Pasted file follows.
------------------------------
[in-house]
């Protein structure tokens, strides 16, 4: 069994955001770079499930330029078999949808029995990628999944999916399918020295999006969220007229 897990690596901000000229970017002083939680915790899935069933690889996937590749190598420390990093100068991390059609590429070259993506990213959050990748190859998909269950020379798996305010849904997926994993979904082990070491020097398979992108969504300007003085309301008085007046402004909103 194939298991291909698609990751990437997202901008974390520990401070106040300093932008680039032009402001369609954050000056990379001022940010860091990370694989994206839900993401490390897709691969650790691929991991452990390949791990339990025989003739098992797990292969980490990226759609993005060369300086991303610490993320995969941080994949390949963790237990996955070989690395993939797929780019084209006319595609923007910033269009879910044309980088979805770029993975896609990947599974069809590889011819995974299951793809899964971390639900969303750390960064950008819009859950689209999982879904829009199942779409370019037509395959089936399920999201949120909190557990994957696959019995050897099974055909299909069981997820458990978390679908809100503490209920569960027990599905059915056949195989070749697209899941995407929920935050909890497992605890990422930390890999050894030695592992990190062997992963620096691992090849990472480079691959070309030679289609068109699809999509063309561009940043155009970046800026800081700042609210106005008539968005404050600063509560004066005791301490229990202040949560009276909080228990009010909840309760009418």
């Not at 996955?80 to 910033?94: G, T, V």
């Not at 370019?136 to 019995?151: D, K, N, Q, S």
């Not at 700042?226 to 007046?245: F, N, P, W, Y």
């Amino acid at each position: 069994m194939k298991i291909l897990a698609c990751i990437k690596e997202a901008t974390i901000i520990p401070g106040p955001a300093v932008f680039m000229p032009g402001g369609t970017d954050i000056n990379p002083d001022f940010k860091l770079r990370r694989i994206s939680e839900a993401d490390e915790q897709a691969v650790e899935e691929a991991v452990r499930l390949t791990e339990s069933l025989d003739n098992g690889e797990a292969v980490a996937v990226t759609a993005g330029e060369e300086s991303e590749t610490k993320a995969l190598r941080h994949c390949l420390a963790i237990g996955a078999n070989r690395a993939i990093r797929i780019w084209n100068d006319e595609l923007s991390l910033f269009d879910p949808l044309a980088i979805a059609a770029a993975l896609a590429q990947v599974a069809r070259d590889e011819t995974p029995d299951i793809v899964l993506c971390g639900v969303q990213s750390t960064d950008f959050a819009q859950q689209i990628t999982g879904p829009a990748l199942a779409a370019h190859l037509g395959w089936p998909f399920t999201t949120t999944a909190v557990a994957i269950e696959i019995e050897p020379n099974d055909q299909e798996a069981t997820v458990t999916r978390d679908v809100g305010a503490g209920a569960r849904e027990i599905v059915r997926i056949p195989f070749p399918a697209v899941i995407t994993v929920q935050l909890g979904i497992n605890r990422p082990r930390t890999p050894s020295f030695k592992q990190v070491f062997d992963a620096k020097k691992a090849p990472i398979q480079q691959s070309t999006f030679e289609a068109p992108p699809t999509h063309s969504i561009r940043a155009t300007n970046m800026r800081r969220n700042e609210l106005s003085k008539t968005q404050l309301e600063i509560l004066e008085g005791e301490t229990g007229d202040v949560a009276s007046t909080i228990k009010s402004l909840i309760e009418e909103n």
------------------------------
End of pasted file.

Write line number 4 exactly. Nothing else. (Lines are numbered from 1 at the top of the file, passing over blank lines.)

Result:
């Not at 370019?136 to 019995?151: D, K, N, Q, S």